24 Hours in Kaiping

WHS#1112 | Diaolou | Tourist Maps | Travel Guide | Photo & Video | News Update

Kaiping was not always the sleepy town in Guandong Province it is today. Conflict between Hakka settlers from central China and local peasants during the Qing Dynasty (1644-1912), was followed by huge overpopulation after the Opium Wars. The result was major migration abroad; the population of the town is 680,000, but an estimated 750,000 emigres live overseas, in 67 different countries. Those that made their fortunes built fortified tower structures called diaolou to house their families and protect their wealth against raiders, and the melting pot of ideas and trends brought back by overseas Chinese make it a must-stop place to see these unique architectural attractions.

Things to see
Since 2007 the villages of Zili, Sanmenli, Majianglong and Jinjiangli have been listed as UNESCO World Heritage sites. At its peak there were 3,000 diaolou but today only 1,833 remain dotted among the fields outside Kaiping. A good place to start exploration is Zili village. It contains a museum with a useful introduction to the area and its people. Few of those who went overseas ever made it back. The Fang family were one of the lucky ones. They built Minshi Lou from the proceeds of a restaurant business in Chicago. Here a traditional, ornately carved ancestral room is juxtaposed with concrete, defensive turrets and holes for shooting bandits.

A trip to Sanmenli reveals the older origin of the buildings. Yinglong Lou dates back over 440 years and is the earliest remaining diaolou. Unlike diaolou in other villages, it has no foreign influences. Originally only two storeys high and with a much larger footprint than other towers, it nonetheless represents the prototype of the more modern ornate diaolou built by locals who made it rich overseas.
Majianglong is worth visiting for its secluded location sandwiched between a river and mountain, shrouded in a bamboo grove. If you manage to find Jinjiangli (even locals have problems!) you will be rewarded with Ruishi Lou, said to be the tallest at nine storeys and famed, with its ornate baroque style, as the best diaolou of them all.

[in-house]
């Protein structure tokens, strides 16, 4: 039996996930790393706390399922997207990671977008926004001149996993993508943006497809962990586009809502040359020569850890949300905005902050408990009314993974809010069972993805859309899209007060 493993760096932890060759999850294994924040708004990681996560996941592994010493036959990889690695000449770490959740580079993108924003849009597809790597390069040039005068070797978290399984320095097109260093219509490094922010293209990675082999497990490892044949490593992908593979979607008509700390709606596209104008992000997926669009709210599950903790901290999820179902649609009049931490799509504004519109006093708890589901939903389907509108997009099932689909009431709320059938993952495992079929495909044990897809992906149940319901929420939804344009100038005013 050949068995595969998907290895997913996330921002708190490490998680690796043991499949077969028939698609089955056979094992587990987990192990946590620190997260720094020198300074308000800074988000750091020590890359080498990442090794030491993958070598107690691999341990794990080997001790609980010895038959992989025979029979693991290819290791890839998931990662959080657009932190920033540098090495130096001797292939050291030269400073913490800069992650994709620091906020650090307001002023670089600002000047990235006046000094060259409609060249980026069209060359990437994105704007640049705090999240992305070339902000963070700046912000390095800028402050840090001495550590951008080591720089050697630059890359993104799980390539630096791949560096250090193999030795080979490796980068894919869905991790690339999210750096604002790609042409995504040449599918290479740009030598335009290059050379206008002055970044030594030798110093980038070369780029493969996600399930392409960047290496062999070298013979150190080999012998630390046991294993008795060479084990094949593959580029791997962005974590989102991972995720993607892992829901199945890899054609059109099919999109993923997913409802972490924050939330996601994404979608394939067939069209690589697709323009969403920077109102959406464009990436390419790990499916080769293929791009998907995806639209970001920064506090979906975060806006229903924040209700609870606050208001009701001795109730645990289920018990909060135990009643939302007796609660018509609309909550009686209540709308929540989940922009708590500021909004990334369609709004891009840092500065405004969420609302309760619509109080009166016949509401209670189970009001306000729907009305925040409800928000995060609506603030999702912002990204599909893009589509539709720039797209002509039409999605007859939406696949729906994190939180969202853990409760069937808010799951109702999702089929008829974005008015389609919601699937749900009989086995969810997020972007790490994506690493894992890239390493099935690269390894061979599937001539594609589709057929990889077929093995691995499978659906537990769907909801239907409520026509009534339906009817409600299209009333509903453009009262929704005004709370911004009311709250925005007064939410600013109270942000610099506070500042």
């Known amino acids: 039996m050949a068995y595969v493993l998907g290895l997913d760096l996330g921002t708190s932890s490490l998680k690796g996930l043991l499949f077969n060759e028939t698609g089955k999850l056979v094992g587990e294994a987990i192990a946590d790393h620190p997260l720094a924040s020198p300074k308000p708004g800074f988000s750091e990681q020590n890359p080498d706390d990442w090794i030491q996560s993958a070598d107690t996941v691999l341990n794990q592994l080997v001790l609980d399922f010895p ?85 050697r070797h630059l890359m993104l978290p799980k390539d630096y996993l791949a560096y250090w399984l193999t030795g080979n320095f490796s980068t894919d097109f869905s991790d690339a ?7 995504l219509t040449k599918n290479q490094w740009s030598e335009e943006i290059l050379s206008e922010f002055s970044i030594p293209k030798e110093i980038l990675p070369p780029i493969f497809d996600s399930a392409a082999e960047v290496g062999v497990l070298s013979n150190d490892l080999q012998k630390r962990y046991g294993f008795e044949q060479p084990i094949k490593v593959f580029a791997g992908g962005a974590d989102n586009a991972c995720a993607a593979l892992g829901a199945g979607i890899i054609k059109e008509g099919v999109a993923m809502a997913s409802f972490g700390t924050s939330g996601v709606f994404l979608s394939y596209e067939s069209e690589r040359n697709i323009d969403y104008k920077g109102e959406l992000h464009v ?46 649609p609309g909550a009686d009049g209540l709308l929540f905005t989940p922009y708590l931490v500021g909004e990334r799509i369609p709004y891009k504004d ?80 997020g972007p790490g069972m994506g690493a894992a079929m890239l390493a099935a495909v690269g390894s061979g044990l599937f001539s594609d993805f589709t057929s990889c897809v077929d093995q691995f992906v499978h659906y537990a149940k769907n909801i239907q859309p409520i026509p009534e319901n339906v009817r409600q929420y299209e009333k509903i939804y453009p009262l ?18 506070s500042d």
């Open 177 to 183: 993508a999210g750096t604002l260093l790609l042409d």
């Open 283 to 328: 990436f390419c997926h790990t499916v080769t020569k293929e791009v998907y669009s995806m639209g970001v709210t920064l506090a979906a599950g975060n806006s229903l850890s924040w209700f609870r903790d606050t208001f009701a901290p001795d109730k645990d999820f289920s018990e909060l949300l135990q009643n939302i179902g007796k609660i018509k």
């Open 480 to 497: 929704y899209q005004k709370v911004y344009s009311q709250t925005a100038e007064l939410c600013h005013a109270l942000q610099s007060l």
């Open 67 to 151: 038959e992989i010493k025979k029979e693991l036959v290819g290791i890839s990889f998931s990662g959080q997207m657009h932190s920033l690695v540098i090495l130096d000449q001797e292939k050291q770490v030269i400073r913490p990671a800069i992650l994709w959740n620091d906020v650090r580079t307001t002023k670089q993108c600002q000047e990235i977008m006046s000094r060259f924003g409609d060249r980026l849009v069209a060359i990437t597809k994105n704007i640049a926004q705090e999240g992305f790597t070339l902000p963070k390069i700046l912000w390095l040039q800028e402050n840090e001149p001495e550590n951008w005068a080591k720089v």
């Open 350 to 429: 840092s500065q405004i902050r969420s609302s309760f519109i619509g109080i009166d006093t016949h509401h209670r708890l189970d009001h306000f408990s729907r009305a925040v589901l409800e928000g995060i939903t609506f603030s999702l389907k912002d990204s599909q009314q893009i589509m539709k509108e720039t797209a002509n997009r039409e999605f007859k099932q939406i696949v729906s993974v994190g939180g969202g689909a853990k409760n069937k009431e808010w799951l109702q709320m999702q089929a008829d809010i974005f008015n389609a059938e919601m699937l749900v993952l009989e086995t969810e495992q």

Li Garden
Built between 1926 and 1931 as the residence of Xie Weili, who made his money trading in Hong Kong and the US, the six villas and one tower offer a glimpse into the life of a wealthy family plus their efforts to protect themselves, including an escape tunnel from the communal diaolou to the canal.

Chikan Town
This 350 year old town boasts plenty of historical buildings. Down by the Tan River are picturesque houses famed for their balconies (qilou in the local dialect). There is also a film set with reconstructions of traditional style buildings.

Eat & Drink
Bao zai fan – rice with meat or fish and vegetables cooked in a bowl – is a local speciality that makes for a cheap lunch, particularly in Chikan Township. Ze yu zhou restaurant in Kaiping is recommended for rice porridge with seafood, another local favorite. Alternatively there are a number of restaurants along the banks of the Tan River.

Situated near the Tan River, the Wilson Hotel is conveniently located and offers very good value rooms at RMB207 a night. See www.ctrip.com to book.

Bobble (137 5036 0307) is an English-speaking tour guide who may be able to help or arrange transport.

Getting there
There are frequent buses from Guangzhou leaving from the long distance bus station near the railway station.

Handy tips
You can buy a combined ticket for Zili, Majianglong, Li Garden and the Chikan film set for RMB130. To get to most of the sites will require transport. A car (with driver) will cost around RMB300-400 for a day.


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